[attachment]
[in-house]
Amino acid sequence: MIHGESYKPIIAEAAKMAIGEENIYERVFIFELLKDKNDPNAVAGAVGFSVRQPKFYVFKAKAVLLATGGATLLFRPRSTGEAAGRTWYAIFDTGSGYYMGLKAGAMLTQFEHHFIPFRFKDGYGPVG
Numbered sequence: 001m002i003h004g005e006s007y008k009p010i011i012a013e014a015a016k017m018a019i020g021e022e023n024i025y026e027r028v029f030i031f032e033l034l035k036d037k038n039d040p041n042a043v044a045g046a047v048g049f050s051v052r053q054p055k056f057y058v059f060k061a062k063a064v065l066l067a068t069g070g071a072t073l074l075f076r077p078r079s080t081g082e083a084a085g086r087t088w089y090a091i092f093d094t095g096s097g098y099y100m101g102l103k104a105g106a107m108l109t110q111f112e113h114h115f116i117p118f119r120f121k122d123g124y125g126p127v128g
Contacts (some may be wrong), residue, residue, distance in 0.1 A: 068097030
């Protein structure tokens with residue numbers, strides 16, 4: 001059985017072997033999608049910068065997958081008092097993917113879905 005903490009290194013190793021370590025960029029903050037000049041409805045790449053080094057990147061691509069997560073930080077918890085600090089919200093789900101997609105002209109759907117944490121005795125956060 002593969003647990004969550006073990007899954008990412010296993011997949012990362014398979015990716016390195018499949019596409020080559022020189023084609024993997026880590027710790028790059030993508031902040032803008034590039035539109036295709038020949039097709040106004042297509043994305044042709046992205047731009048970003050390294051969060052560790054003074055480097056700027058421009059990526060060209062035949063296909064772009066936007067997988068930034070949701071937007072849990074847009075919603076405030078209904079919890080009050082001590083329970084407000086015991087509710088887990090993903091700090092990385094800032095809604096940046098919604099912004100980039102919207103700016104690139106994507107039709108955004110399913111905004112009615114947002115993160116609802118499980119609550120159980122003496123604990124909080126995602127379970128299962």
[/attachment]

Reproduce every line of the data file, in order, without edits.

[in-house]
Amino acid sequence: MIHGESYKPIIAEAAKMAIGEENIYERVFIFELLKDKNDPNAVAGAVGFSVRQPKFYVFKAKAVLLATGGATLLFRPRSTGEAAGRTWYAIFDTGSGYYMGLKAGAMLTQFEHHFIPFRFKDGYGPVG
Numbered sequence: 001m002i003h004g005e006s007y008k009p010i011i012a013e014a015a016k017m018a019i020g021e022e023n024i025y026e027r028v029f030i031f032e033l034l035k036d037k038n039d040p041n042a043v044a045g046a047v048g049f050s051v052r053q054p055k056f057y058v059f060k061a062k063a064v065l066l067a068t069g070g071a072t073l074l075f076r077p078r079s080t081g082e083a084a085g086r087t088w089y090a091i092f093d094t095g096s097g098y099y100m101g102l103k104a105g106a107m108l109t110q111f112e113h114h115f116i117p118f119r120f121k122d123g124y125g126p127v128g
Contacts (some may be wrong), residue, residue, distance in 0.1 A: 068097030
């Protein structure tokens with residue numbers, strides 16, 4: 001059985017072997033999608049910068065997958081008092097993917113879905 005903490009290194013190793021370590025960029029903050037000049041409805045790449053080094057990147061691509069997560073930080077918890085600090089919200093789900101997609105002209109759907117944490121005795125956060 002593969003647990004969550006073990007899954008990412010296993011997949012990362014398979015990716016390195018499949019596409020080559022020189023084609024993997026880590027710790028790059030993508031902040032803008034590039035539109036295709038020949039097709040106004042297509043994305044042709046992205047731009048970003050390294051969060052560790054003074055480097056700027058421009059990526060060209062035949063296909064772009066936007067997988068930034070949701071937007072849990074847009075919603076405030078209904079919890080009050082001590083329970084407000086015991087509710088887990090993903091700090092990385094800032095809604096940046098919604099912004100980039102919207103700016104690139106994507107039709108955004110399913111905004112009615114947002115993160116609802118499980119609550120159980122003496123604990124909080126995602127379970128299962």